Monday, April 23, 2018

If it takes a rant or two a day

I have held back for some time before publishing this column for Our World Tuesday, even hoping that the live-and-let-live side of me might prevail but, no, the indignant, opinionated, never-say-die part of my brain continues to believe the rant I've written here. I'm doing my best to reign in my anger and disappointment, but I admit I may not have succeeded.

Alberta's Premier, Rachel Notley, a member of the New Democratic Party, recently abandoned her party's left-wing mandate, in order to vote with Prime Minister Justin Trudeau in approving further construction of Kinder Morgan's crude oil pipeline across the Rocky Mountains, then across British Columbia to the beautiful west coast.
British Columbia's premier John Horgan has been left in their wake to explain the why and wherefore to his concerned constituents in BC.


Since I wrote this rant, and put off publication until I had my anger under control, something has happened here in western Canada...

There has been an oil spill in
Premier Notley's province of Alberta!

Now here is proof that oil spills can happen anywhere at any time.
Proof right here in oil-producing Alberta.
What now, my fine-feathered friends?
Well, for what it is worth, here is the rant I wrote last week on the subject of mountains, pipelines, tanker ships, coastal waters, and oil spills.

Rachel Notley, left, Justin Trudeau, John Horgan (CBC photos)

Canadian Prime Minister Justin Trudeau may just have sealed the fate of the province of my birth: my beautiful British Columbia. 
I am very disappointed in young Mr. Trudeau, because even he, from his prime ministerial seat in our nation's capital, cannot guarantee that the expansion of the Kinder Morgan company's oil pipeline across the Rocky Mountains from Edmonton, Alberta, and from there through British Columbia, will not result in an oil spill of disastrous proportions.

Perhaps a mountain or coastal spill won't happen soon, maybe not in what's left of my lifetime, but crude oil pipelines can never be guaranteed safe. And spills do happen, and happen often, as Washington State residents, just across the international border from BC, can attest. And now, as Albertans have learned as well.

So bear with me (no pun intended, though bears can well be victims of a spill) and I'll give you my opinion. It is "an ill-favoured thing but mine own." (Thank you, Will S.)

The Prime Minister, together with Alberta Premier Rachel Notley, would seem to have outwitted British Columbia's premier John Horgan in order to force on him, and on his fellow British Columbians, the hotly-protested continuation of Kinder Morgan's Trans Mountain pipeline carrying dirty crude bitumen more than 1000 kilometres (600+ miles) from Edmonton, Albertathrough the iconic Canadian Rocky Mountains, then across British Columbia to huge storage tanks built on the shore of Burrard Inlet, near the mouth of a beautiful steep-sided glacial fjord called Indian Arm.

As Trudeau and Notley and Kinder Morgan all know: any pipeline, anywhere, is a crisis waiting to happen. Certainly BC Premier Horgan knows spills happen, as do most residents of Canada's westernmost province. (See Alberta spill, above.)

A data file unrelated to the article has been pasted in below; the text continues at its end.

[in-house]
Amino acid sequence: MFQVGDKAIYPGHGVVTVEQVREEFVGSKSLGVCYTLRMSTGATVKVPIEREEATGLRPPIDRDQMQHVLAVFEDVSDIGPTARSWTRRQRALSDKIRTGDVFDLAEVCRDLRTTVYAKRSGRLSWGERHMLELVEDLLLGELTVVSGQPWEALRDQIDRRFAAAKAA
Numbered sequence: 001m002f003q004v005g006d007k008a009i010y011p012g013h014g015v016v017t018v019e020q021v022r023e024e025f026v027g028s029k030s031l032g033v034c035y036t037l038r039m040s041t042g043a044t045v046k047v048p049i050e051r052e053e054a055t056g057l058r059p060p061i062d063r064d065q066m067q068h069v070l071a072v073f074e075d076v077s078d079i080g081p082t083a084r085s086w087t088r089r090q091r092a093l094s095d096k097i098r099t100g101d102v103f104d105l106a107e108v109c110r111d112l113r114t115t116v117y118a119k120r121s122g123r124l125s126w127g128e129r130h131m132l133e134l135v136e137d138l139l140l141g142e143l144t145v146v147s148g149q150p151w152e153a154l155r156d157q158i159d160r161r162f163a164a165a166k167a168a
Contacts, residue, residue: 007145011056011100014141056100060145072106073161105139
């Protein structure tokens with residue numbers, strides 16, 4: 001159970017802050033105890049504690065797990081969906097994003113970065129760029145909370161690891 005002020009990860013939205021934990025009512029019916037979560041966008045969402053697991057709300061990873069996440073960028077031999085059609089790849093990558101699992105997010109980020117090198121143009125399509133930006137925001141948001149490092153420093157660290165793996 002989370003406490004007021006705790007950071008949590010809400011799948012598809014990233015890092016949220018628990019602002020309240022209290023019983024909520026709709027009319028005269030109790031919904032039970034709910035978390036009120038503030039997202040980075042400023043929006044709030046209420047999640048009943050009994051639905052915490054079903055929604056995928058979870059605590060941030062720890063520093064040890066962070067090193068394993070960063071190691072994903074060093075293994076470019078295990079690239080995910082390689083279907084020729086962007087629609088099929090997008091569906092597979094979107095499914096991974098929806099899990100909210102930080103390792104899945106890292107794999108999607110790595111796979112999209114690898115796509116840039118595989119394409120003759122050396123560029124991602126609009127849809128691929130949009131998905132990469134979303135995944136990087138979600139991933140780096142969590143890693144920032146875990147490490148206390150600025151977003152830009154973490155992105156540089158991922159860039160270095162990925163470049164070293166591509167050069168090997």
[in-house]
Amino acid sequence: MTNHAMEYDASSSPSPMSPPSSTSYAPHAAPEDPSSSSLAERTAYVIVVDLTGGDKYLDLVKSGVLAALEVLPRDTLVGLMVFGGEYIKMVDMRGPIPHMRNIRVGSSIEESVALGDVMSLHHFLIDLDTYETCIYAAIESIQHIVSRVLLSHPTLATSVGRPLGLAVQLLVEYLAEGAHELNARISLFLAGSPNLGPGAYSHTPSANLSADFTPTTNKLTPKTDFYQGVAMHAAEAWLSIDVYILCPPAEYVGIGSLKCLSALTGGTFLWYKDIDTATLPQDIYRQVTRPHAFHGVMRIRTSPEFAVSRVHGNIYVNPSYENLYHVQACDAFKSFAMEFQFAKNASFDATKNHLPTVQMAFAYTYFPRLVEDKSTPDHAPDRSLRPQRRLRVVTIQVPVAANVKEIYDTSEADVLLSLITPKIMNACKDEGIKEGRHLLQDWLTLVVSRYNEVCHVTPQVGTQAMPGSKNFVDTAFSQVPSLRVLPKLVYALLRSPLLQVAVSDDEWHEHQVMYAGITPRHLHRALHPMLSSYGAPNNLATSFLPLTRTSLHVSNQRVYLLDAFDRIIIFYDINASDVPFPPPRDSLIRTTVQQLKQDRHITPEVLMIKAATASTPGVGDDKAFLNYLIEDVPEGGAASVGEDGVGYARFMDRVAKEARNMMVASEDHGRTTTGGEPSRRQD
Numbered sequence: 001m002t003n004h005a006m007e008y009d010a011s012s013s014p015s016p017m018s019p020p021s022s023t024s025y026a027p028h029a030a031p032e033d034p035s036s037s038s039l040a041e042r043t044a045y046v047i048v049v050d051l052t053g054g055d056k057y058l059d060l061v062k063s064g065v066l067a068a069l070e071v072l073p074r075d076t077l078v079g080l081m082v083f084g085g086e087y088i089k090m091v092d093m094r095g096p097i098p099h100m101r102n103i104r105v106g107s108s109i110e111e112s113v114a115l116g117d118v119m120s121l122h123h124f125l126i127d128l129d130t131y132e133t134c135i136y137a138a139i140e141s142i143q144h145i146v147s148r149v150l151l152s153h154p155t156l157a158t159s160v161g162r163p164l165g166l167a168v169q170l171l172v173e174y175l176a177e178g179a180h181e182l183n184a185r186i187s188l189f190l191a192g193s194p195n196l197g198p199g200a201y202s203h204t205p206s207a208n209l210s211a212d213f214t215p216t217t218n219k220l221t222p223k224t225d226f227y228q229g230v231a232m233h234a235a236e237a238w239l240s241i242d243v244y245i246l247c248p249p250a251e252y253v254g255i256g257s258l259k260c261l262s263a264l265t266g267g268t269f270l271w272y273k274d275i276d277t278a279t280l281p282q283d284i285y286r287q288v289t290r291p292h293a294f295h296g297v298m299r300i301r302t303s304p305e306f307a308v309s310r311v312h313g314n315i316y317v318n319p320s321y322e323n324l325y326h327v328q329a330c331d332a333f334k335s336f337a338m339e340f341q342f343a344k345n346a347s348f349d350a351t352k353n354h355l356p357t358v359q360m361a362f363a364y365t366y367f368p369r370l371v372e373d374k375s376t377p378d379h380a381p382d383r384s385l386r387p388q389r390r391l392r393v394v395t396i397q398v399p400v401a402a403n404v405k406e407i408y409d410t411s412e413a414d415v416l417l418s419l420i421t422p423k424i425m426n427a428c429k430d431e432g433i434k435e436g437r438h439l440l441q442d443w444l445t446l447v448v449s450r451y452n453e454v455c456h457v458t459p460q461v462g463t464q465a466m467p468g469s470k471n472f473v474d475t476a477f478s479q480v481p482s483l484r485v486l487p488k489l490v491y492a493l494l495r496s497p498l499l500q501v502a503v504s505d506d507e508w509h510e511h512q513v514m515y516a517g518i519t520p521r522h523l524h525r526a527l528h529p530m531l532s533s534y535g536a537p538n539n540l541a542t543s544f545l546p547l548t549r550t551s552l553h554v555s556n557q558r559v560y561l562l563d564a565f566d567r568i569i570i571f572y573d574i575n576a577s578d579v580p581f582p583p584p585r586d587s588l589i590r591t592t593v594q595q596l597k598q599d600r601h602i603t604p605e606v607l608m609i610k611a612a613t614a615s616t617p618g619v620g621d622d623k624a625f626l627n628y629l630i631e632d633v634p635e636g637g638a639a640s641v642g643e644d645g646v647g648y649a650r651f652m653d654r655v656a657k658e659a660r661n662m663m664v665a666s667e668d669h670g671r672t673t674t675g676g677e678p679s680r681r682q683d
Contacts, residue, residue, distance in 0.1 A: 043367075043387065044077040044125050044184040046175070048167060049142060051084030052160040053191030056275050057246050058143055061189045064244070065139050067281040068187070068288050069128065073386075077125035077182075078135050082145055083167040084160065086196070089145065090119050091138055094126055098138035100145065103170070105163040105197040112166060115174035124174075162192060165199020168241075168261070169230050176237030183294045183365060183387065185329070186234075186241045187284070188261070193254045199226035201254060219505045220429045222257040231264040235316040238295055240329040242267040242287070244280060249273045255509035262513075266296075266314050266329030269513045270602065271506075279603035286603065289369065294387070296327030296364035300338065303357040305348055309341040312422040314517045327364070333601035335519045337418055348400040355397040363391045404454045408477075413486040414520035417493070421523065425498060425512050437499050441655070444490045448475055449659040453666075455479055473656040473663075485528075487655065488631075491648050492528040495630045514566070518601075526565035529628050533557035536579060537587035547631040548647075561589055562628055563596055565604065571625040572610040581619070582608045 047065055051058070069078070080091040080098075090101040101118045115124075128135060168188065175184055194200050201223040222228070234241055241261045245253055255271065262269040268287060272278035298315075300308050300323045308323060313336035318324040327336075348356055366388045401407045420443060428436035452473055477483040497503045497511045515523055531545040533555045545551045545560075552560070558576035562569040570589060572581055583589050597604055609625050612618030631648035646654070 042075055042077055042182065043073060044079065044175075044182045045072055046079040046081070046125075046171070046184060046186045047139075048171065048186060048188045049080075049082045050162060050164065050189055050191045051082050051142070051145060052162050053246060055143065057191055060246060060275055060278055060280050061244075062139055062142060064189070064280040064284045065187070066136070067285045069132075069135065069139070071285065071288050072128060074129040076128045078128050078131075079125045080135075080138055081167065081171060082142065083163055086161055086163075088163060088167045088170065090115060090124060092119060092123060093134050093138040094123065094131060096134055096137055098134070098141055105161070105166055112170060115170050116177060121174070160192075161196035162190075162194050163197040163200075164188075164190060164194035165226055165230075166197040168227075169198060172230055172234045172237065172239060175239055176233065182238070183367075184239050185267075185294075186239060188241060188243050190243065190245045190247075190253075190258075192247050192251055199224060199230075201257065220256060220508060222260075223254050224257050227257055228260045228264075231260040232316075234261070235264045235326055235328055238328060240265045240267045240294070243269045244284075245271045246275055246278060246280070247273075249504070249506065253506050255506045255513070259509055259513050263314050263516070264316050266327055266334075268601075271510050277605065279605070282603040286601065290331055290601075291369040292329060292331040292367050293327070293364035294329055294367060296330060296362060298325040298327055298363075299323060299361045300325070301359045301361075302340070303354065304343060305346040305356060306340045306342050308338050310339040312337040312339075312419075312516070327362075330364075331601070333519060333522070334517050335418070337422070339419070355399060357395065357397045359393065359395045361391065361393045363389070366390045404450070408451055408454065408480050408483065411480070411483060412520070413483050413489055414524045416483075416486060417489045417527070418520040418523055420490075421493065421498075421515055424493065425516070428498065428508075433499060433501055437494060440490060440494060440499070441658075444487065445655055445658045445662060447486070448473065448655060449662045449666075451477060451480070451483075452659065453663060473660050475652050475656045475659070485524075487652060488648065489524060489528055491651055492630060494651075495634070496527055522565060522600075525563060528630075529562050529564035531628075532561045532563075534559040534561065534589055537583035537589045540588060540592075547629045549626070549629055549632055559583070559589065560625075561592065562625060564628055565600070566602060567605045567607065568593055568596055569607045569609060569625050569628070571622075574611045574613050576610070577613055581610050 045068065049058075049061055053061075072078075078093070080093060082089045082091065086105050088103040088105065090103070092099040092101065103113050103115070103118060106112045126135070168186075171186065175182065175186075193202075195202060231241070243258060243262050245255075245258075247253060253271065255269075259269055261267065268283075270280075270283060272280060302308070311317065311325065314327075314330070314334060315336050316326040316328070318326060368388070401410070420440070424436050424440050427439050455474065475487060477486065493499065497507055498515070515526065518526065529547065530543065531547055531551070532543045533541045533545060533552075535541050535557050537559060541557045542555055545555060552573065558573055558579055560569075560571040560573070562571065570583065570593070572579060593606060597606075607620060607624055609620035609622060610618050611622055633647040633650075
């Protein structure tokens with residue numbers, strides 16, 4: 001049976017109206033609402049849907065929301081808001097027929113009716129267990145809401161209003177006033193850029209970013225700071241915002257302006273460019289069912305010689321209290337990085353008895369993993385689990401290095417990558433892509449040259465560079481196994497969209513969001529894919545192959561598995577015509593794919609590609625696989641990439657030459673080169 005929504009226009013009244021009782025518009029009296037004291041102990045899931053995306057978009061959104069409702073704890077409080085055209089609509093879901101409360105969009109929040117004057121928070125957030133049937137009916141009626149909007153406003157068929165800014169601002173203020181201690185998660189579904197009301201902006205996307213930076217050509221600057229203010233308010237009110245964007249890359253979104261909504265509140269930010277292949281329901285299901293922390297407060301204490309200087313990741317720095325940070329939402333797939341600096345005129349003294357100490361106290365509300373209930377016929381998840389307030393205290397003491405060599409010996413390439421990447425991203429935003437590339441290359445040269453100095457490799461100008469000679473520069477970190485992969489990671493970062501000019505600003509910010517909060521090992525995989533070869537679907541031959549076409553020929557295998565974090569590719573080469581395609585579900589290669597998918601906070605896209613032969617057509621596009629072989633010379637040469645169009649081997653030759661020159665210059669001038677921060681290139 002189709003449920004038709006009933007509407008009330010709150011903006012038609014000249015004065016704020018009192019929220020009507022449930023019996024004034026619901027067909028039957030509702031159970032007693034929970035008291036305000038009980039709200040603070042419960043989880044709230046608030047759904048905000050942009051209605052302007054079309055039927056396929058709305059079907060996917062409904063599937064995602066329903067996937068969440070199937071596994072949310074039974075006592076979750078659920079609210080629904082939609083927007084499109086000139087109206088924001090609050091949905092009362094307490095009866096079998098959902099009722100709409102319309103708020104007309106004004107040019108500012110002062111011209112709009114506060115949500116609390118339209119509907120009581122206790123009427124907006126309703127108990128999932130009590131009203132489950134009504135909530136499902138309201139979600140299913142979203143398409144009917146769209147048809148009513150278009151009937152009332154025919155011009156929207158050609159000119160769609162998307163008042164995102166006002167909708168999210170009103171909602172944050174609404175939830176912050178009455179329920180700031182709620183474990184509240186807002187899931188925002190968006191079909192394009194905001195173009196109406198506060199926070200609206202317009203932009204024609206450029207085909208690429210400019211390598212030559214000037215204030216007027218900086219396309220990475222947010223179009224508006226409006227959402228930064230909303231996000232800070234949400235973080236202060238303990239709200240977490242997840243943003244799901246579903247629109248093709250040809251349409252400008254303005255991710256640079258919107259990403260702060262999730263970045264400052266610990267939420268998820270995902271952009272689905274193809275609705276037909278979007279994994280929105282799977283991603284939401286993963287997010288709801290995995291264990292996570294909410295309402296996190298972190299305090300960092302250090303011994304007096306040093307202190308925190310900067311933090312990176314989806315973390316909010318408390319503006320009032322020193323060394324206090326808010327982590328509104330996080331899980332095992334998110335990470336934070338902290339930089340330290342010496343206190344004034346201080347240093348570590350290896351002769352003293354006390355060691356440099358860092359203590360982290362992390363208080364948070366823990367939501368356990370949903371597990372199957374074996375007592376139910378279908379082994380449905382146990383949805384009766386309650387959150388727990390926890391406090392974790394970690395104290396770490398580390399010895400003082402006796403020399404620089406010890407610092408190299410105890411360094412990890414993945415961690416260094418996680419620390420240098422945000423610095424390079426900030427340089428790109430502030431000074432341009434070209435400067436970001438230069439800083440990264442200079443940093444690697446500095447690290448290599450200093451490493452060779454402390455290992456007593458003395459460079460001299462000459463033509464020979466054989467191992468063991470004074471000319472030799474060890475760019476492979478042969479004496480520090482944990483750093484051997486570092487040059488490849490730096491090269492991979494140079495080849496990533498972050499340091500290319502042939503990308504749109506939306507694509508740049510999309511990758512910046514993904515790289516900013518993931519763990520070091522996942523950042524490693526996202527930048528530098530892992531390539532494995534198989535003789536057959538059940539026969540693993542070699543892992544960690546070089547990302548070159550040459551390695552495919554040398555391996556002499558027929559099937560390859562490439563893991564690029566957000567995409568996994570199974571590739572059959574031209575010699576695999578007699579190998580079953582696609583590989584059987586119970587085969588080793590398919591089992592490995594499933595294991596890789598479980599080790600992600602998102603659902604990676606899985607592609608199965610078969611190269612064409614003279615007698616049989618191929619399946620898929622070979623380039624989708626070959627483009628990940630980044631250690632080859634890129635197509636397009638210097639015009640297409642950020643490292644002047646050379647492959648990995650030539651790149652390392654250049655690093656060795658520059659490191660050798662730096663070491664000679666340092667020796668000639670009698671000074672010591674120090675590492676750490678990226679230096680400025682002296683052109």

The Kinder Morgan pipeline could break underground anywhere along its length, spilling the crudest of crude oil into a fragile ecosystem already strained by human usage. An underground break might take some time to be discovered, increasing the damage, as happened with this month's leak in Alberta.

The Prime Minister said that the oil is intended for foreign markets. This means, of course, moving it long distances in tanker ships!

Stanley Park, Vancouver
From beautiful Indian Arm, near the city of Port Moody, BC. huge tanker ships will carry Alberta's oil some 40 kilometres through Burrard Inlet, past the Burnaby Mountain Conservation Area, under the Second Narrows Bridge, past downtown Vancouver and North Vancouver, under the Lions Gate Bridge, past iconic Stanley Park, West Vancouver, and the University of BC Endowment Lands.
You might well wonder whereof I speak, and with what authority — and you'd be right to ask. Well, once upon a time in Vancouver long ago, part of my job at the Sun daily newspaper was keeping track of the ships that came in and out of Vancouver Harbour. It was interesting — I had to list the names of the ships and their countries of registration, some from far, far away, and I enjoyed the exotic names of some of the vessels. Marine traffic in the 1960s was nothing like it is now, of course, it wasn't unusual to see a dozen or more ships anchored offshore near English Bay, each waiting its turn to move under the Lions Gate Bridge to enter a terminal.
The port of Vancouver, BC, now has 25 marine terminals: 3 container, 17 bulk cargo, and 5 break bulk cargoAs of  this writing in mid-April, there are 104 vessels in port, with 55 expected arrivals.
159 ships is a whole lotta ships, and I don't know if Vancouver should be too nonchalant about the possibility of problems...maybe not this month, maybe not this year, but there is always the chance of disaster, which would undoubtedly be widespread.

According to an Angus Reid poll "67% of Canadians are concerned about the potential for oil spills in Canadian waters. Marine oil spills can occur when vessels are involved in accidents or incidents.  The consequences of large-scale oil spills on wildlife, ecosystems, coastal and Indigenous communities and local economies can be significant."

Any oil spill cleanup is a nasty business



Carol @Comfort Spring Station said...

You have a right to be angry and concerned. I'm not Canadian but I share your anger.

Pat @ Mille Fiori Favoriti said...